Additionally, it was announced by the football program that Brett Diersen has been hired as associate special teams coordinator.  Diersen spent the 2018 season as the defensive line coach at SMU.

This will mark the third time Diersen and Carey have worked together, first at Wisconsin-Stout in 2000 and then again at Northern Illinois from 2013-17.

“Tyler is an excellent young coach and we promoted him to add balance to the coaching staff,” said Carey in a statement, making reference to the fact that there are now six full-time coaches with an offensive background and five on defense. “We are very fortunate to get a coach of Brett’s caliber in the role of special teams coordinator. I’ve known him for 20 years and am excited that he and his family can join us at Temple.”

Nearly 100 defensive players land on Nagurski Trophy watch list

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Of all the watch lists released thus far this month, this one’s the biggest — literally.

Via the Football Writers Association of America, the Bronko Nagurski Trophy Tuesday released its preseason list of players to watch, with a whopping 97 individuals making the award’s initial cut.  All 10 FBS conferences are represented, as are 65 individual schools.

One first-team FWAA All-American (LSU safety Grant Delpit) made the initial watch list for the award given annually to the best defensive player in college football, while a trio of second-teamers from a year ago (Virginia cornerback Bryce Hall, Michigan State defensive end Kenny Willekes, Stanford cornerback Paulson Adebo) made the cut as well.

Conference-wise, the SEC has the most with 18, followed the other four Power Five leagues in the Big Ten (15), ACC (12), Pac-12 (12) and Big 12 (11). The AAC led all Group of Five conferences with six, followed by Conference USA (four), Mountain West (four), MAC (three) and Sun Belt (two).  Football independents accounted for five of the watch listers.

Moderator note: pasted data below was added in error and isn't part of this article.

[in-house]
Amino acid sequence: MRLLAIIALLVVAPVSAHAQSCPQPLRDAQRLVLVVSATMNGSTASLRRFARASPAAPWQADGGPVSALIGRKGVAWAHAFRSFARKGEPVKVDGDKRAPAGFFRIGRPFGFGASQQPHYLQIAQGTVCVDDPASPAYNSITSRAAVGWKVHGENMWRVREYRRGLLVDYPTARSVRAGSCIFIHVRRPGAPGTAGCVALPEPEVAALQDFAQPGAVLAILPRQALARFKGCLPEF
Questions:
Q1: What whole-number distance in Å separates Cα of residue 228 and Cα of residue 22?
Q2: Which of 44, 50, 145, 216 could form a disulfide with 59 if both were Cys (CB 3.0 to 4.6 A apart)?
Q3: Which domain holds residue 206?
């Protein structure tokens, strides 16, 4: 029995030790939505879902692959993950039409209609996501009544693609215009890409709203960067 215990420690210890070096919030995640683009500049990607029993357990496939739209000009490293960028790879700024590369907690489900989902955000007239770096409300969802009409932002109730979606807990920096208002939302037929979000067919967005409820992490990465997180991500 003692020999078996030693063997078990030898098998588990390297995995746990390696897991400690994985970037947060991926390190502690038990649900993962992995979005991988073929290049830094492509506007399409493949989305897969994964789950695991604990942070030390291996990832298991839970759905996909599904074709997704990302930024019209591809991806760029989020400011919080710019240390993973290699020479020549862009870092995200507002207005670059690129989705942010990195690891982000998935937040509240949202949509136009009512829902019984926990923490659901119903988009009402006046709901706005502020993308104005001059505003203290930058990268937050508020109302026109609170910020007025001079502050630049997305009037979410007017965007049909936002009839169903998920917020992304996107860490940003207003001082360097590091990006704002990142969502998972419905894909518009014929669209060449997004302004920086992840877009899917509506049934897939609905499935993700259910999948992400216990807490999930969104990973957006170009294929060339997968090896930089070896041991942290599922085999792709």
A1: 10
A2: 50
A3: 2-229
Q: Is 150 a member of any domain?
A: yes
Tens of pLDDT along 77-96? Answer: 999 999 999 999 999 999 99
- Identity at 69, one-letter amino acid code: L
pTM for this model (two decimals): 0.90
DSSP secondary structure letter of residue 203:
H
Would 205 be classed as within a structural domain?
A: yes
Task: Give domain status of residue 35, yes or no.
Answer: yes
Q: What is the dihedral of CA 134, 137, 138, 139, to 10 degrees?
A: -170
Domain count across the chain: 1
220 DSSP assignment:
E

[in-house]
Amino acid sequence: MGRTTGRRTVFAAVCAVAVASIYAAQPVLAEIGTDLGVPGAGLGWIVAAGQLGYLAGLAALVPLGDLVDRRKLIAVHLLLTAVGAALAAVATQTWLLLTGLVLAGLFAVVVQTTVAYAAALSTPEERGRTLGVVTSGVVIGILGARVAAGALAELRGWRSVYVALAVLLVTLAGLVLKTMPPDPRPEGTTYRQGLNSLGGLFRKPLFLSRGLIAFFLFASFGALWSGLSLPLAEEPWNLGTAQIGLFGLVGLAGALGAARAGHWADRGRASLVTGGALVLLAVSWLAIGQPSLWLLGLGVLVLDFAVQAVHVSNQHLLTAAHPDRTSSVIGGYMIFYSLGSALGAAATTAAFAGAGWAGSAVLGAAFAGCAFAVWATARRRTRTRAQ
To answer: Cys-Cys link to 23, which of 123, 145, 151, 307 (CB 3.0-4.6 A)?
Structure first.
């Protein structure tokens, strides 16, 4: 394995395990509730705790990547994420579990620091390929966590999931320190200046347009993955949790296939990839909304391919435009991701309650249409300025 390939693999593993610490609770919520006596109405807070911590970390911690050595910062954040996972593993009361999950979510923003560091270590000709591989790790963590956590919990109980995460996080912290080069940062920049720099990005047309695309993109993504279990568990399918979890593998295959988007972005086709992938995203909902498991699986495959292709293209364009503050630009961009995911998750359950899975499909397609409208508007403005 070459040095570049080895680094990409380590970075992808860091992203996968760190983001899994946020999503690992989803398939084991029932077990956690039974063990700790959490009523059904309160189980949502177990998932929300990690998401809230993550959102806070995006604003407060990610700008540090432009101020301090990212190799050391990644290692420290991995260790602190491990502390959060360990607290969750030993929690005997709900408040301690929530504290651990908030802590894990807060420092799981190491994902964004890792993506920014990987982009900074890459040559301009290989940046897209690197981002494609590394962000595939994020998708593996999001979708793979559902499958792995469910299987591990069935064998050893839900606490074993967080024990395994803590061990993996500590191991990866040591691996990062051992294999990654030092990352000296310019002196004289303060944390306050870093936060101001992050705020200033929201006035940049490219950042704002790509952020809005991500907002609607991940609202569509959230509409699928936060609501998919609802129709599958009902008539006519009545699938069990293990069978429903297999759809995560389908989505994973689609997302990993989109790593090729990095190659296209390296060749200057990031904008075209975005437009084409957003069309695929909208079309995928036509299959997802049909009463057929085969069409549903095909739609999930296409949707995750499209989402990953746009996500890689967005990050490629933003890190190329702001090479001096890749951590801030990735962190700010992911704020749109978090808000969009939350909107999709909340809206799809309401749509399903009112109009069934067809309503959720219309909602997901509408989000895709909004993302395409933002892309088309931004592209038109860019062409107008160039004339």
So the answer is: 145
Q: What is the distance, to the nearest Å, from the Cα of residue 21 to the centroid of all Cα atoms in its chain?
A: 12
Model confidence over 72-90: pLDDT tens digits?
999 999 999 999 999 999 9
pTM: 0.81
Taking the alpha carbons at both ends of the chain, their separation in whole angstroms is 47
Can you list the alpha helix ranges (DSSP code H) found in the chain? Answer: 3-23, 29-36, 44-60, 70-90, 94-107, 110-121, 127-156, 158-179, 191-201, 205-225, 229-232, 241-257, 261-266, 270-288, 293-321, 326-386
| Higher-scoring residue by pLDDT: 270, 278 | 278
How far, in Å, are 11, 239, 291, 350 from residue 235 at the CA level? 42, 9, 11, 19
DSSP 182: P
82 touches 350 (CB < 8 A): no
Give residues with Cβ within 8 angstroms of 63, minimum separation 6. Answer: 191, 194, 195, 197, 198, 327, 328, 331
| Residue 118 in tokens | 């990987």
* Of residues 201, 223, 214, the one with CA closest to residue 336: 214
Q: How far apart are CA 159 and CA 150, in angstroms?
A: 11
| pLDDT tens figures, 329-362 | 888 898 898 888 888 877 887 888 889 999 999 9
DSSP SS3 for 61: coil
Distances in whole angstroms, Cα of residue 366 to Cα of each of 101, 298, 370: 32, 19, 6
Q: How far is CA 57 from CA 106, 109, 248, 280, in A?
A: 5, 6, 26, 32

With four, Alabama led all individual schools. Iowa State, LSU, Notre Dame and Penn State placed three each, with another 16 schools placing two apiece on the list.

As for the positional breakdown, there are 36 linebackers, 28 backs, 21 ends and seven tackles.


Fourth Nebraska player popped for pot-related offense this offseason

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“It’s going to continue to be a problem, not just with us but college athletes everywhere, particularly with it being legalized other places. Our team understands I don’t care where it’s legal and where it isn’t. It’s illegal according to the NCAA.

“I don’t think it’s beneficial for guys who are trying to accomplish what our guys are trying to accomplish. We’re certainly not unique in that we’ve had a few problems with that, but we’re doing everything we can in trying to help kids not do it. We’ll keep fighting that battle.”

That was Scott Frost at the Big Ten Media Days last week, addressing the three Nebraska football players who had been cited at some point this offseason for possession of either marijuana or drug paraphernalia.  Unfortunately for the Nebraska head coach, it appears his “Just Say No” message when it comes to weed hasn’t wholly taken root as the Omaha World-Herald is reporting that defensive back Myles Farmer was cited late Monday night for suspicion of possession of less than an ounce of marijuana.

The incident that led to the citation being issued occurred at an on-campus residence, with the World-Herald writing that “[a] community service officer detected the smell of marijuana coming from the room.”

The football program is aware of the incident involving Farmer but will not comment publicly on what if any punishment the true freshman may be facing.

The 6-3, 205-pound Framer was a three-star member of the Cornhuskers 2019 recruiting class.

In addition to Farmer, wide receiver Wan’Dale Robinson (HERE), defensive back Jeramiah Stovall (HERE) and running back Maurice Washington (HERE) have all been cited for weed-related offenses this offseason.  Washington, of course, has bigger legal issues to worry about than a simple pot rap.